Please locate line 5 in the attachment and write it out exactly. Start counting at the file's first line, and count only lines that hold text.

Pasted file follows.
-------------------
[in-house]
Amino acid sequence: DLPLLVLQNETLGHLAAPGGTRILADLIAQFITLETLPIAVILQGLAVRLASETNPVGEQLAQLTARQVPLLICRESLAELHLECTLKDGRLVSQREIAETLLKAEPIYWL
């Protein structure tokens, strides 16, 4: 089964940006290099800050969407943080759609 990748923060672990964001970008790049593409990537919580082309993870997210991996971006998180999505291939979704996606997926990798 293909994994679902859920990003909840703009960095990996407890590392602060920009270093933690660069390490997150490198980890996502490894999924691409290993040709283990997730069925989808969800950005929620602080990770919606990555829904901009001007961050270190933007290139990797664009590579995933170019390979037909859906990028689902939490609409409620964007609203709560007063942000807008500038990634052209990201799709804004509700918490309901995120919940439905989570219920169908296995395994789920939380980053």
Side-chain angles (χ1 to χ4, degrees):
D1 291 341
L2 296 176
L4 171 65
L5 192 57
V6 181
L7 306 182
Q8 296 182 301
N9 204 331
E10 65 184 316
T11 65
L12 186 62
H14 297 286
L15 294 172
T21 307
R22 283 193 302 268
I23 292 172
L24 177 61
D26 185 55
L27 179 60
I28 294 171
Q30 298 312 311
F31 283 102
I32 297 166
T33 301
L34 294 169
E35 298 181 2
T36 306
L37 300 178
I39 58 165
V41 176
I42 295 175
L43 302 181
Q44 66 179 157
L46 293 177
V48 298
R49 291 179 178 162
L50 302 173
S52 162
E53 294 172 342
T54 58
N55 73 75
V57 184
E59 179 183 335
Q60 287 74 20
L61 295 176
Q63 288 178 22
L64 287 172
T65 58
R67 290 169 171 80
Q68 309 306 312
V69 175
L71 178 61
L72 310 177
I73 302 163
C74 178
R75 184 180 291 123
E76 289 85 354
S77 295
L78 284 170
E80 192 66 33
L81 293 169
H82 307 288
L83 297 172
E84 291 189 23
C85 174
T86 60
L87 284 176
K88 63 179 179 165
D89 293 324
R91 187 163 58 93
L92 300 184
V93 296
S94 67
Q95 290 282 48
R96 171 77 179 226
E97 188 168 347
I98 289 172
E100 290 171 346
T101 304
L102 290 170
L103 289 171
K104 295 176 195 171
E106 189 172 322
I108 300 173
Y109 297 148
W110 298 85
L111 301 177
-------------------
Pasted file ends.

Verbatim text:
D1 291 341